Rural folks jacked up about city folks' hypocrisy: I agree with Erik Duncan's letter about "Chicken Wars" [July 4]. I thought the article was condescending to rural people.
I think NFL football is much more barbaric than chicken fighting, but Scene glorifies the violence in pro football ["Human Grenade," June 27]. Players are coached to inflict pain and punish opponents. In the July 30 Sports Illustrated, All-Pro linebacker Ray Lewis says in regard to football fans: "They look at us like we're animals for entertainment." And who can argue with him? After all, the essence of pro football is the big hit, separating a player from his consciousness, which usually occurs when one player has left himself unprotected and distracted while another player, at a full sprint, smashes into him. Spectators cheer in a psychopathic frenzy as the affected player quivers on the ground, trying to figure out who and where he is.
Yes, the civilized, cosmopolitan members of our society can't get enough of the big hits. During football season, on ESPN, there's a segment -- called "Jacked Up" -- which celebrates the five biggest hits of the week.
At least fans of chicken fighting don't force taxpayers to pay for $300 million stadiums. It was the civilized, cosmopolitan people of Cleveland, living in the most impoverished city in the country, who spent all that money for a stadium on prime real estate, which could be generating tax dollars that could be used for civic improvements.
Screw it. She's getting a gun: The woman who turned up dead in a trunk was my aunt, Donna Dashner Olszko [First Punch, July 25]. Kevin McFaul knows what happened to her, but his dear old daddy got him off on that. He's the sheriff, after all, and cops know how to look the other way to protect the spawn of one of their own.
In the case of my aunt and the rest of my family, it's always there hurting, haunting you. It just doesn't go away. My message for the police: I have no faith in our judicial systems nor in the tools that call themselves policemen. I'm getting a gun. (Legally, of course.) They're never around when you need them.
Public servant says spacey ideas won't fly: In the August 1 issue, Dan Schneider of Garfield Heights wrote a letter claiming that residency requirements for police officers and firefighters are good, because the cities want taxes and the police officers and firefighters should build relationships with the people they serve.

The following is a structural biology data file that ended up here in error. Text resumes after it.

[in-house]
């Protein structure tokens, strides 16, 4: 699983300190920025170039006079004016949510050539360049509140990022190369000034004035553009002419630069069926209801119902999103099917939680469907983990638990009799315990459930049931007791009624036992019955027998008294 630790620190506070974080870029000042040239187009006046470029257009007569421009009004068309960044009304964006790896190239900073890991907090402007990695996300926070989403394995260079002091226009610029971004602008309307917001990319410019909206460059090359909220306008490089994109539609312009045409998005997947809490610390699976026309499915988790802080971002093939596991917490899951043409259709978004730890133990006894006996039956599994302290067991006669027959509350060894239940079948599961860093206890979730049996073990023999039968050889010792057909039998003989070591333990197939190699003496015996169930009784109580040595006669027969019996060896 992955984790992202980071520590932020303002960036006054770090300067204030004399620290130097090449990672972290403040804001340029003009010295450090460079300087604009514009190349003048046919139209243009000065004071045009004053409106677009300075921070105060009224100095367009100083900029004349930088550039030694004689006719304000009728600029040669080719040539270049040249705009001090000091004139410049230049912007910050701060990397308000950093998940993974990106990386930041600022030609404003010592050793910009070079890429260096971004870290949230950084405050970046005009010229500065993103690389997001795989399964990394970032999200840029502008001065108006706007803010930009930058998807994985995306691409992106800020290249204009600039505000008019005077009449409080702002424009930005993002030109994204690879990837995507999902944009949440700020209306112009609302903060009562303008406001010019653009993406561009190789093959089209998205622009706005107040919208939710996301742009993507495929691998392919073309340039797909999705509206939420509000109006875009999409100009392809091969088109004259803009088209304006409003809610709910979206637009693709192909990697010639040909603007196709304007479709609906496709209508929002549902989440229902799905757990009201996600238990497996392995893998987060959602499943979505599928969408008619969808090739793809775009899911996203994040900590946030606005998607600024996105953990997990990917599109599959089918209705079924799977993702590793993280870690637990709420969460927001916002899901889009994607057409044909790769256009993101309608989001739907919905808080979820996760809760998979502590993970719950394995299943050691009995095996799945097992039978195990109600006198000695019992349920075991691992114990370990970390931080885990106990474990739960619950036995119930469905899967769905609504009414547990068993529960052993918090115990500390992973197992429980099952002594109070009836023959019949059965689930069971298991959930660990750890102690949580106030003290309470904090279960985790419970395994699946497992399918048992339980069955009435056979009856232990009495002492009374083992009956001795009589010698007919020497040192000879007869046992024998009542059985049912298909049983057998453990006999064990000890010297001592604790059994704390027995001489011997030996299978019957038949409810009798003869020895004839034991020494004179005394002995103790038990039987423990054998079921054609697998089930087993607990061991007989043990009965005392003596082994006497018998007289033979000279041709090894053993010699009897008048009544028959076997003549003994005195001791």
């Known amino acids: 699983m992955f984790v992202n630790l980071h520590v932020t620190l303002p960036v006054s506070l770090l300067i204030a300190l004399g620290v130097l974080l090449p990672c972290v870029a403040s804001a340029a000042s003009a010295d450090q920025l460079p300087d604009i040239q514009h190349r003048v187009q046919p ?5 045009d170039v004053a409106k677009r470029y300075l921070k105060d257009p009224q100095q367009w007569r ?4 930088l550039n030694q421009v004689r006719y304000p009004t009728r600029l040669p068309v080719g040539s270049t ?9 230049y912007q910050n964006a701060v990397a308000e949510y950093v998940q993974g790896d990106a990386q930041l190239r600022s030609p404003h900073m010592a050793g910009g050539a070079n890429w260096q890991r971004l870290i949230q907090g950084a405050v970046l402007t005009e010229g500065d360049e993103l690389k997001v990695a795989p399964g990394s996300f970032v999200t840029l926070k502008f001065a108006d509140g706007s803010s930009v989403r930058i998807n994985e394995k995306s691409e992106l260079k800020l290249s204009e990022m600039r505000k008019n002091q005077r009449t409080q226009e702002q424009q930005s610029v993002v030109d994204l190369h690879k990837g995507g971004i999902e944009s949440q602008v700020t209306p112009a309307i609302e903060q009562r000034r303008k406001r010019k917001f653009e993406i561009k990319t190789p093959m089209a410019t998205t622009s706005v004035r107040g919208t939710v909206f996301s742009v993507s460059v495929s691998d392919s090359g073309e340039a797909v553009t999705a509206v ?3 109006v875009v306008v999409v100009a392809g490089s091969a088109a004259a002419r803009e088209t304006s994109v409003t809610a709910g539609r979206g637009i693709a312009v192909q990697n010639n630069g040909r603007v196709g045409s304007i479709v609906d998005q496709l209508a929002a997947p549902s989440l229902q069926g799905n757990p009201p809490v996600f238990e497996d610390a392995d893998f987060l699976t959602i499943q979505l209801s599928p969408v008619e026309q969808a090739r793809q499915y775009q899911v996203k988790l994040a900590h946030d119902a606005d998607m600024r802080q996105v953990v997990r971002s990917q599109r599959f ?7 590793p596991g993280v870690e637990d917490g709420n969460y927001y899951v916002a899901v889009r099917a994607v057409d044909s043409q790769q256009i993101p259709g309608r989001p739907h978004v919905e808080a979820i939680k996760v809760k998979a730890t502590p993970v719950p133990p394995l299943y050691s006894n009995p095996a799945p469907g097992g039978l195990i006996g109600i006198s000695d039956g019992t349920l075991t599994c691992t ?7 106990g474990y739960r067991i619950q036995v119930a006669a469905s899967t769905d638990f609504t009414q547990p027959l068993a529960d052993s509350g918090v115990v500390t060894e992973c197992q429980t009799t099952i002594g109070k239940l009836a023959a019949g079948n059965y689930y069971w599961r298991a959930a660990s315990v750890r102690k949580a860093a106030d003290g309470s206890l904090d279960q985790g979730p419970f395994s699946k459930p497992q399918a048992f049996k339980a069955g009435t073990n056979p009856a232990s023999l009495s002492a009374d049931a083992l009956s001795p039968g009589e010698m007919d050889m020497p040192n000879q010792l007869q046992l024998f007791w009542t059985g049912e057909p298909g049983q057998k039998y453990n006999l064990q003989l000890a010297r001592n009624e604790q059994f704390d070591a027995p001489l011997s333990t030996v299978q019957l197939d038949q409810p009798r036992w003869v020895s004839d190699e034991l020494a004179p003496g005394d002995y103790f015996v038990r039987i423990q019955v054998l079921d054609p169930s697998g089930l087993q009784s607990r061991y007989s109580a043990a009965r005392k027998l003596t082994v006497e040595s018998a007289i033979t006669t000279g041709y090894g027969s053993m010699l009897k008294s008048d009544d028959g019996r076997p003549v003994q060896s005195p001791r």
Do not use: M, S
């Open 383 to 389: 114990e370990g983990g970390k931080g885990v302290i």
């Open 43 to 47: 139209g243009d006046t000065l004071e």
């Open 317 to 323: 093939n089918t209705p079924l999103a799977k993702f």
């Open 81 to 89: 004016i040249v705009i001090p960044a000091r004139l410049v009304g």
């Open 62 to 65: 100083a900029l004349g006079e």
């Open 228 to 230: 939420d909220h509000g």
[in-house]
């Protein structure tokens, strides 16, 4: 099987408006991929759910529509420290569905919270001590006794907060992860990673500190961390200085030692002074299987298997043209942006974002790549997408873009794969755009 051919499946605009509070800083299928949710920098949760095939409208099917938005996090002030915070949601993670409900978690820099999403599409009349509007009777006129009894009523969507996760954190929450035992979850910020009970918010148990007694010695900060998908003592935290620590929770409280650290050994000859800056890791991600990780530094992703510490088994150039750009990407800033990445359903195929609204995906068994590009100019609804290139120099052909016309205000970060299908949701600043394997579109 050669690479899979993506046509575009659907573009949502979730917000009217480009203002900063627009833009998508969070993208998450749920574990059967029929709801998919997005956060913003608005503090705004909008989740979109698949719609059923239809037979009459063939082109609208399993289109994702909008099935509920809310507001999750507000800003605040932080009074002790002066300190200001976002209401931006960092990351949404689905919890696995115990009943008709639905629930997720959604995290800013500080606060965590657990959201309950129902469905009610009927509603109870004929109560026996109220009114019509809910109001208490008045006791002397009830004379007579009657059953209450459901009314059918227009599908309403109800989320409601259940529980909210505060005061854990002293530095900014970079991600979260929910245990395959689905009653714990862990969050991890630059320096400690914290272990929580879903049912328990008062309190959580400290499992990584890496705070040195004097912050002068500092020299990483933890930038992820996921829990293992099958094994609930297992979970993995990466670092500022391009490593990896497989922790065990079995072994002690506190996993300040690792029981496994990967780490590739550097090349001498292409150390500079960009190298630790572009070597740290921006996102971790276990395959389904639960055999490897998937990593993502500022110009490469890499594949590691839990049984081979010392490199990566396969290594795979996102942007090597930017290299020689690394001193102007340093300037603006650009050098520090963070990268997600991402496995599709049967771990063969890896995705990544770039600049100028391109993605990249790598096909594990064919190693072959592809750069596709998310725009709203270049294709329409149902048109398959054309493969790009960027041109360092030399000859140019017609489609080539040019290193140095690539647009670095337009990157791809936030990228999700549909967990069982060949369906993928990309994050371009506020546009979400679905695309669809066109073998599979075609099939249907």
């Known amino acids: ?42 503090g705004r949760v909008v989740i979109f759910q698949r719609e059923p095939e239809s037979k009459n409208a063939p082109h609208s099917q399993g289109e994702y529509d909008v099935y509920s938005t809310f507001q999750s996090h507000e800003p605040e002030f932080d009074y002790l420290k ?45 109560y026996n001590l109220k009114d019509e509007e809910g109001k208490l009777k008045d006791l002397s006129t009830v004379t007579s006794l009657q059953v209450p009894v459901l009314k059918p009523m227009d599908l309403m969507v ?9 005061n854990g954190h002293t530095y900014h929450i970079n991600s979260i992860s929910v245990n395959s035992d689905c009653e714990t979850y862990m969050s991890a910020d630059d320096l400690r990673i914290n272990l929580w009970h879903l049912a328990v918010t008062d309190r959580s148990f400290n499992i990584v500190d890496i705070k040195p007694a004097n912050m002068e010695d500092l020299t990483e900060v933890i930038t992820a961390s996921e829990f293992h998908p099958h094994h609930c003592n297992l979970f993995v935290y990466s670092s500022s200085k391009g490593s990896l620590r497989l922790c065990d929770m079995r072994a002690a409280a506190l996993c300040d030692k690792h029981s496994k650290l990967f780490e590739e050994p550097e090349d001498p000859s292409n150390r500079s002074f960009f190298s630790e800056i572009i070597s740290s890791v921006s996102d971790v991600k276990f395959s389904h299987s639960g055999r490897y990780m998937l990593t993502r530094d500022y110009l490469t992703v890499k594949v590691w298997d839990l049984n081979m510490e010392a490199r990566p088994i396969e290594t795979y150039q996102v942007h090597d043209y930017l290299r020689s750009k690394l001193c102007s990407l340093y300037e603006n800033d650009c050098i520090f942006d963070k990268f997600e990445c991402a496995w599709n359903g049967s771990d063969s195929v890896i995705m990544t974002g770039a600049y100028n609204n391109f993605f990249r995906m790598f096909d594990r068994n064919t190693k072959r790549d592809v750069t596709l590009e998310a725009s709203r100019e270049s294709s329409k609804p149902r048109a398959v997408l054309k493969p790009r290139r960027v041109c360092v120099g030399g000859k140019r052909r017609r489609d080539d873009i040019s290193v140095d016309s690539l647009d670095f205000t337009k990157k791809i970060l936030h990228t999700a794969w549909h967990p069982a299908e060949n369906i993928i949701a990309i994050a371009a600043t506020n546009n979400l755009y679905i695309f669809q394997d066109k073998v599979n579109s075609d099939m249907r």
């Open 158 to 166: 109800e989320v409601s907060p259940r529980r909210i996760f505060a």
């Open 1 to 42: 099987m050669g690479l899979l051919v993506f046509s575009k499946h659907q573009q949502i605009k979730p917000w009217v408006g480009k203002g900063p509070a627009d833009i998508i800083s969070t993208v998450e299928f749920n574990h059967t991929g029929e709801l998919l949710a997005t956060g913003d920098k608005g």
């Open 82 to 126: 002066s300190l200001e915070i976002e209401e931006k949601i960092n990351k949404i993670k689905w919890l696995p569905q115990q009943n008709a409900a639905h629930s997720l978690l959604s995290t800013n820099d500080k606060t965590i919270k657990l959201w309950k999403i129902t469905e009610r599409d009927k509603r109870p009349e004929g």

Well, Dan -- first off, even if we decide to live elsewhere, the city gets its share of our taxes. If they want all the taxes, they should make the city attractive enough for us to want to stay, instead of attempting to keep an unfair employment requirement that the vast majority of the working public would not tolerate, should it be forced upon them.
Secondly, we do build relationships with the people we serve -- while we are on duty and being paid to do it. In Cleveland's situation, we do it while being one of the lowest-paid big-city police departments in this part of the country. When we're off duty, we deserve time to relax with our friends and families, and to be free from all but the most urgent responsibilities that come to our attention. Community policing and building police/citizen relationships are not among the leisure activities we want to undertake when off duty.
Thirdly, you want us to start up our own charter school? What planet do you live on? Between our full-time and part-time jobs, most of us must work to make ends meet -- when do you think we have the time, let alone the expertise, to do that? The private schools we are forced to send our kids to already exist -- we don't need new schools. We need a choice of school systems to send them to, via our choice of where to live -- like the overwhelming majority of people in this country gets to do.
Lastly, the city in which you live, Garfield Heights, does not have a residency requirement forcing their police officers and firefighters. Last time I looked, those police and firefighters did a fine job. Quit being a hypocrite.
Is finger-wagging more toxic than Alkali's waste? So, let me get this straight. All of these people from Fairport Harbor want us to feel sorry that the people in their families who worked for Diamond Alkali knew how to dispose of the toxic chemicals correctly, and just chose not to ["Badlands," August 1]? They blame the health problems on a situation that could have been avoided, had these people just followed the rules. Of course, former employees want to remain nameless when they know too much, because no one gave a shit about the rules.
And now everyone is up in arms about this hazardous place being redeveloped into something that could ultimately benefit the community and bring in new jobs, new people, and help to turn this deteriorating city around? Please.
My heart goes out to these families. And by no means do I think these people were asking for whatever illness they inherited from their family members or the chemicals. But maybe if we all stopped wagging our fingers at the developers trying to save the economy of this dying city and took some action to clean the city up ourselves, we'd all be happier with the outcome.